My sensei will usually lay the vacuum and mop the floor as well as laying out the mats. Usually I will arrive early to help him and sometimes, James will beat me to it. After these years of helping him, I’ve slowly gained his ‘trust’ on how to mop the floor.
Last week, he decided to mop the mat as well, which was a good thing, the mat stank of stale sweat and dirt. However it was harder to dry compared to the floor, and sensei has to use another dry mop to wick off the excess moist.
Cristian was there too, and he offered help to sensei to take over the drying. Sensei refused his offer. I approached him moments later, and he let me have it without much of a thought. Cristian asked me later why did sensei gave the mop to me and not him?’ He rationalised that probably he was late and therefore…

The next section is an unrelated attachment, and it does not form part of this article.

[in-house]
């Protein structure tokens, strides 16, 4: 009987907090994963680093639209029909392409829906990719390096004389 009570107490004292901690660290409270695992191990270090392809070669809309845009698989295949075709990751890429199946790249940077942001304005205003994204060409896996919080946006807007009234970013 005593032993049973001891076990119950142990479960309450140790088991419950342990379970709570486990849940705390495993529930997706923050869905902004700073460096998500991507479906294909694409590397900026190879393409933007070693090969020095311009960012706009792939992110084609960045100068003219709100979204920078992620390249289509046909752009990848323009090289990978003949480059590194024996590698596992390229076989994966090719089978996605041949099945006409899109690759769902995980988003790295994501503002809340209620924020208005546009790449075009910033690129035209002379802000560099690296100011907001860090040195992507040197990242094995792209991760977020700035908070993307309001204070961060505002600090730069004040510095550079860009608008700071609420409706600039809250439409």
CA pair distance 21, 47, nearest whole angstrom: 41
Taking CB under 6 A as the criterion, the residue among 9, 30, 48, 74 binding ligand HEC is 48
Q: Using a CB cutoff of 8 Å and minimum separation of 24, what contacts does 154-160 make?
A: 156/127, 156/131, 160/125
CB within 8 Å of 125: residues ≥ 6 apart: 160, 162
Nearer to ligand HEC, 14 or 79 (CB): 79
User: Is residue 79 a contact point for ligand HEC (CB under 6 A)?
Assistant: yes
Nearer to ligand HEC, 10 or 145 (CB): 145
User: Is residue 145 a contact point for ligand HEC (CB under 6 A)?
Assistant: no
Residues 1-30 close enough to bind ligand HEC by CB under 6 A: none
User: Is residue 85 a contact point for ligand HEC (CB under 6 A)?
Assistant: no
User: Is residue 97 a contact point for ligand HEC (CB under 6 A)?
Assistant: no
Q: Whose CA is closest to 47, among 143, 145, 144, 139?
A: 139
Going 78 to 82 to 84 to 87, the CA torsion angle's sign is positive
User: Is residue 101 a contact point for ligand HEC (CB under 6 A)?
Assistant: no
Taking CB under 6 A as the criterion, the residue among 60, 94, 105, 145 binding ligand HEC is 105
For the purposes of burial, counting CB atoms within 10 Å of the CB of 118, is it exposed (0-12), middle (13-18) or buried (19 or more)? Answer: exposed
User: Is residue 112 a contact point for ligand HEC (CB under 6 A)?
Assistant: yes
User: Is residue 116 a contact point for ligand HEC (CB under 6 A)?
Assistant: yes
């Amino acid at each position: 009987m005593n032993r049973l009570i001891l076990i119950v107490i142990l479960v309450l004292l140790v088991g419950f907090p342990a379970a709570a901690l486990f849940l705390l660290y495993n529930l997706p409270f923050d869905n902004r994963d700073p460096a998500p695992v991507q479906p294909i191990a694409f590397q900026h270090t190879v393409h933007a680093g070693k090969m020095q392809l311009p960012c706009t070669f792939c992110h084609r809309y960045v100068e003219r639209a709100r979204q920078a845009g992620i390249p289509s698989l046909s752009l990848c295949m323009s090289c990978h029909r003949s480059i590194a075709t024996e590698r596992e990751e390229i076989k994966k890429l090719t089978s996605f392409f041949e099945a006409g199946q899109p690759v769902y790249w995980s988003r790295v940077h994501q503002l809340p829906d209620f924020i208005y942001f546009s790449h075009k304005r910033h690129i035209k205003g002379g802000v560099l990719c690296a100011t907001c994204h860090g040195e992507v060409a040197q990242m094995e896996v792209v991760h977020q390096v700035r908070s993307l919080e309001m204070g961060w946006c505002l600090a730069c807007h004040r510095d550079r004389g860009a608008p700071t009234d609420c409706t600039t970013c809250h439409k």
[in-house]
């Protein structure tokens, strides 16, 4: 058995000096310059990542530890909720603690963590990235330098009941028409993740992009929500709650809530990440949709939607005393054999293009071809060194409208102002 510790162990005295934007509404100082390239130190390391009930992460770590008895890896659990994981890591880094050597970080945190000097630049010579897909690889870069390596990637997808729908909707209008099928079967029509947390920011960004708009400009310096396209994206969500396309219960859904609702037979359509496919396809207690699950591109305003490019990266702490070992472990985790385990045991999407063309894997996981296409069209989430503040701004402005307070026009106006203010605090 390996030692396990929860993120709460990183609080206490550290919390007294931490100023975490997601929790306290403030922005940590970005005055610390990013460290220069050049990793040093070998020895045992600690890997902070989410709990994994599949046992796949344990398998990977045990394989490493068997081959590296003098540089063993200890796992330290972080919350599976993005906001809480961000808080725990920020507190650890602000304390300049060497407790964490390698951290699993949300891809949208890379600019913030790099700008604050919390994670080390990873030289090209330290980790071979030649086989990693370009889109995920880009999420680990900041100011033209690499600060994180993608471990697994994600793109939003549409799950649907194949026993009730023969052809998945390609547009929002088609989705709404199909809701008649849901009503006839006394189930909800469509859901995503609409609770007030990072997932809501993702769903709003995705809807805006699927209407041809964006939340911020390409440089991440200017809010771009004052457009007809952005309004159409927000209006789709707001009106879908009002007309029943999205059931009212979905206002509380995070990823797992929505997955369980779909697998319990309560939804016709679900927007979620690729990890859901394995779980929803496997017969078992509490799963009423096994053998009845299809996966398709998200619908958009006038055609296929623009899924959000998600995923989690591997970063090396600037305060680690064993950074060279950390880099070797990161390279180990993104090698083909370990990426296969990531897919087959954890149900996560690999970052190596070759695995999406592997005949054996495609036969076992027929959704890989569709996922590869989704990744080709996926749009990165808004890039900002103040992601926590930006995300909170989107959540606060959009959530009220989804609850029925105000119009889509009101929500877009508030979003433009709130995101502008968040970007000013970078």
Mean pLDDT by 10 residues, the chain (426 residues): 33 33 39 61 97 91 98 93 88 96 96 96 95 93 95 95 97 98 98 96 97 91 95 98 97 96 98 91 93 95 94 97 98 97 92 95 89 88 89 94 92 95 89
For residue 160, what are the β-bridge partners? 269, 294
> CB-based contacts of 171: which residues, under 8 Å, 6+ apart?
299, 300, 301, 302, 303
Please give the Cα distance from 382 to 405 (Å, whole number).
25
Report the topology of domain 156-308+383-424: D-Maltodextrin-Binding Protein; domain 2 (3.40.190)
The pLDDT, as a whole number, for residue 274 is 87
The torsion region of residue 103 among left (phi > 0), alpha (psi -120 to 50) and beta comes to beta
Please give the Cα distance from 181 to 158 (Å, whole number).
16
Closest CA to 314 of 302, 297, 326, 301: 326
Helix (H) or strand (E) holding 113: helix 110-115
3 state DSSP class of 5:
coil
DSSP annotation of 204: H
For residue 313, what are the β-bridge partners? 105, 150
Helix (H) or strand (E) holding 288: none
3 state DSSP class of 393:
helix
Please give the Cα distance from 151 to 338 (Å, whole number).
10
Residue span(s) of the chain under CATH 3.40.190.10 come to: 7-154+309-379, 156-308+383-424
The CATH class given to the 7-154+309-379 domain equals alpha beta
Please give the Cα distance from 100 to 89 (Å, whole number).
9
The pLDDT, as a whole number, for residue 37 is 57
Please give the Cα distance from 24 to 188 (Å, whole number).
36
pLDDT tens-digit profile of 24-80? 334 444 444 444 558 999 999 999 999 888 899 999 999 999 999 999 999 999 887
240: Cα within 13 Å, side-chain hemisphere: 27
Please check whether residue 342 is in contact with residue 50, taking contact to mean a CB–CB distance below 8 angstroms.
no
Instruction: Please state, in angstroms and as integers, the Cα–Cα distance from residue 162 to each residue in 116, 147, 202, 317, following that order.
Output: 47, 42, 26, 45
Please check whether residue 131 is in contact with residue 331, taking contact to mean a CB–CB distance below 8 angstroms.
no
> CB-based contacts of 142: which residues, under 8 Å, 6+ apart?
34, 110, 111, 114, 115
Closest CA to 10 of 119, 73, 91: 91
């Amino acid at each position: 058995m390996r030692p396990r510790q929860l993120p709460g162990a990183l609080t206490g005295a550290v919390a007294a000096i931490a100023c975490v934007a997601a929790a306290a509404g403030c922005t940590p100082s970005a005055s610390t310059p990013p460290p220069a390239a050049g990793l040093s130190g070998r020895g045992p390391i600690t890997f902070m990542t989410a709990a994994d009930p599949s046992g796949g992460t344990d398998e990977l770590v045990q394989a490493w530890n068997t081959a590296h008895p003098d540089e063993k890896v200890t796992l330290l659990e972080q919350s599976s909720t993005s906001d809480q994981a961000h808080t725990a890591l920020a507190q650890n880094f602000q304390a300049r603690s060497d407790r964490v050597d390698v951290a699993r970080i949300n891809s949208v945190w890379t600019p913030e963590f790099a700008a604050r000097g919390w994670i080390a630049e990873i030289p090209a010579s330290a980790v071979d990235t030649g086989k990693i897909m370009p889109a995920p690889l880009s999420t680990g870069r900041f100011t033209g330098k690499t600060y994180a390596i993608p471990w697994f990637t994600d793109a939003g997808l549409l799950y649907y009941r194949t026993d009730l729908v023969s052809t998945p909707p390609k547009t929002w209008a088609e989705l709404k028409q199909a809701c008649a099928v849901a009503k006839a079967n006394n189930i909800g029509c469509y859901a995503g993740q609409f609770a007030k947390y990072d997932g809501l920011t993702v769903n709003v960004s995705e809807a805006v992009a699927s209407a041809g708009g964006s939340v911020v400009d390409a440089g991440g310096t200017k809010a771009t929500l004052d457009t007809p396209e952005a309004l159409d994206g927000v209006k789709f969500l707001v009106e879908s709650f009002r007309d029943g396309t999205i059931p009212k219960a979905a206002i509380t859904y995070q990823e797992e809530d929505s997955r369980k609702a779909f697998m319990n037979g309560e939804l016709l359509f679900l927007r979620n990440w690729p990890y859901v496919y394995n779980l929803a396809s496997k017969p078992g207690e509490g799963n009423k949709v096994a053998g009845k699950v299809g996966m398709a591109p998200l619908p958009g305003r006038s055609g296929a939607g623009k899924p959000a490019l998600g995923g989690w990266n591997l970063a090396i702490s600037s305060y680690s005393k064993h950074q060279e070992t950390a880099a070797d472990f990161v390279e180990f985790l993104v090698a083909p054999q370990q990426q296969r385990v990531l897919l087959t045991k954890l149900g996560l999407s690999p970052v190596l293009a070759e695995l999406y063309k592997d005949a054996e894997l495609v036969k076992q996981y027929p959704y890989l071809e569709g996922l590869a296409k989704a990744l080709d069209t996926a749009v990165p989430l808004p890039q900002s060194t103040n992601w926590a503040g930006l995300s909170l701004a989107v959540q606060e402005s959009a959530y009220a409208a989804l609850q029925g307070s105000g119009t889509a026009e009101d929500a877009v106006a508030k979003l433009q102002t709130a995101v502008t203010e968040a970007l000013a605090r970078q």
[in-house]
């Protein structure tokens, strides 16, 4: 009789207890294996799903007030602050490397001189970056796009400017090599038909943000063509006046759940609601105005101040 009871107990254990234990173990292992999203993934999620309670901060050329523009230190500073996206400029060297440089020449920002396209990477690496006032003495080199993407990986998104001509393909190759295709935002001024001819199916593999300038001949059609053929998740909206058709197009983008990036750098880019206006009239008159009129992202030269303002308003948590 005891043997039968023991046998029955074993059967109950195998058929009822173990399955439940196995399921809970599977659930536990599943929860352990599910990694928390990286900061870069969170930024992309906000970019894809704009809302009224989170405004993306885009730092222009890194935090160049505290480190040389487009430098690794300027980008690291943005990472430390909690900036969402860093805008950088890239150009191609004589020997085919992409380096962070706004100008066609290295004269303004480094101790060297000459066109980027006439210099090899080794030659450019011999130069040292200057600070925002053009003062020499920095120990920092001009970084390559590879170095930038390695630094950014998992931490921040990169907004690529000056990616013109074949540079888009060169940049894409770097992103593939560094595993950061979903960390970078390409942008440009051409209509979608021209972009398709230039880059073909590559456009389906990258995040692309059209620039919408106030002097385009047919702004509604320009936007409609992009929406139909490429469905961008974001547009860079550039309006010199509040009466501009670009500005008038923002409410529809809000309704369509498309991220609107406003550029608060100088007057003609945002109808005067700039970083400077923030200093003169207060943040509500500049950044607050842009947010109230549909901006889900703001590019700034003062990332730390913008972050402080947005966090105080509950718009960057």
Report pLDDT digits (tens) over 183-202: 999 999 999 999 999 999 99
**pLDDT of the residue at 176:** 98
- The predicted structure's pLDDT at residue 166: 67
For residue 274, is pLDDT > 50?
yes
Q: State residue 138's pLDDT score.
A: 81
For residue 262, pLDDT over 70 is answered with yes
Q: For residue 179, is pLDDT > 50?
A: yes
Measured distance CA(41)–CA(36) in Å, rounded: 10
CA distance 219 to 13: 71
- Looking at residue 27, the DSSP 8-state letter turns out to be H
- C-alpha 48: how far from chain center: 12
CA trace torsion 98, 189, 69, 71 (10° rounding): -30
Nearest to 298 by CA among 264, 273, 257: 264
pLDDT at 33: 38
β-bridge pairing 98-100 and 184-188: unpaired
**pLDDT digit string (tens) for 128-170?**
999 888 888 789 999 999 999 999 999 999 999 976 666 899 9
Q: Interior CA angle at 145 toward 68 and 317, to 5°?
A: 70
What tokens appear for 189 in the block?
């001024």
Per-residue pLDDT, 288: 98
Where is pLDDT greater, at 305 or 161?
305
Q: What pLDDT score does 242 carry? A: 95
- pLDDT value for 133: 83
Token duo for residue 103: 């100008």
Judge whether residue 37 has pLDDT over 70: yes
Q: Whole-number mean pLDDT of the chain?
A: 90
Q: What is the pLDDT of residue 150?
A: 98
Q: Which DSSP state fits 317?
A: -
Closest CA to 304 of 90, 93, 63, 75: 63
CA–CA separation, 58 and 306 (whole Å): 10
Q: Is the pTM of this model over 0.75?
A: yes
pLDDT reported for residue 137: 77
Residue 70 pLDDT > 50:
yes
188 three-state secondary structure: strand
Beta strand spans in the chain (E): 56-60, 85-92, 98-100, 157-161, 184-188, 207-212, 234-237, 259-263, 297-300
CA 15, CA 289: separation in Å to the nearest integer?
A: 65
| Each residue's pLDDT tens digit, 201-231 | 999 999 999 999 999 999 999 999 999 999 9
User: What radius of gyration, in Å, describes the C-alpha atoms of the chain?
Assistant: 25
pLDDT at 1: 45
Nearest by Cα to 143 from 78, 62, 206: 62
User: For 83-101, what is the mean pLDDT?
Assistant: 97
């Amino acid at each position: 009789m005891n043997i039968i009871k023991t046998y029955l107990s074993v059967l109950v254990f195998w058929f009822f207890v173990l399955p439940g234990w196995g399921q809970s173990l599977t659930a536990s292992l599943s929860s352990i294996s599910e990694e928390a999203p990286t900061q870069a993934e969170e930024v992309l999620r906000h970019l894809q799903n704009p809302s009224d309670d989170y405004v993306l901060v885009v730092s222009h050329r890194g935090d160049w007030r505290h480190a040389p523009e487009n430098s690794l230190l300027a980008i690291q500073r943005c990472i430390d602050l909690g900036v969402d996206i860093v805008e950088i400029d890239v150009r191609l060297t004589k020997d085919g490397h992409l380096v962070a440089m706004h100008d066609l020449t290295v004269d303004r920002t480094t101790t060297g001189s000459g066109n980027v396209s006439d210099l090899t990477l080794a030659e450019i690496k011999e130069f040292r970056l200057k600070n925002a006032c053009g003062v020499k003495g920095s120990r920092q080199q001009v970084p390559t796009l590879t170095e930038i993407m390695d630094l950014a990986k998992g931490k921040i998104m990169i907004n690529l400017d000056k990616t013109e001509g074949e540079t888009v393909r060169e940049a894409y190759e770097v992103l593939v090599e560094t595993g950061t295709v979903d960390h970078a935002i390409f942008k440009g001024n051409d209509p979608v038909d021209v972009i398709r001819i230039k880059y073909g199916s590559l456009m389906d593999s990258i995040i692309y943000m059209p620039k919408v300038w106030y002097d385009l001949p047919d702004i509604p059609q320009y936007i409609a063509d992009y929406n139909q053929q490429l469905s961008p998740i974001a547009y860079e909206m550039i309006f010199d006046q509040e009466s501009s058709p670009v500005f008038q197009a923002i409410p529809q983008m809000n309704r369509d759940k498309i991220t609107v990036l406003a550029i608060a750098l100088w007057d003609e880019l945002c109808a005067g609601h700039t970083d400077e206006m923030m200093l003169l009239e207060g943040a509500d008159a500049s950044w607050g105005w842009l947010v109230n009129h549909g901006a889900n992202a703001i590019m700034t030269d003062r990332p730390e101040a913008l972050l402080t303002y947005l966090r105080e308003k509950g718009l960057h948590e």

I told him that this is typical of Asian cultures. usually the elders will prefer to do things their way. To the old folks, they have this approach that ‘by the time i teach you how to do it right, my way, i could have better use my time and do it myself!’ It is not the case which sensei is not willing to impart the ‘Mop-waza’. its just that he has seen how the youngsters done it and he is not impressed at all.
Honestly, sometimes, I am not impressed with the way i mop the floor too, and i get suggestive comments from sensei when i mopped a little faster than him, after all i am a good 3 decades his junior and surely my youth would ensure speed and thoroughness. he would think that i sped things up and cut the corners.
He has a particular way of mopping the floor and he always complained how the rest simply wet the floor, and doesn’t really ‘mop’ the floor. It took me a while to understand that and how it is tied to martial arts.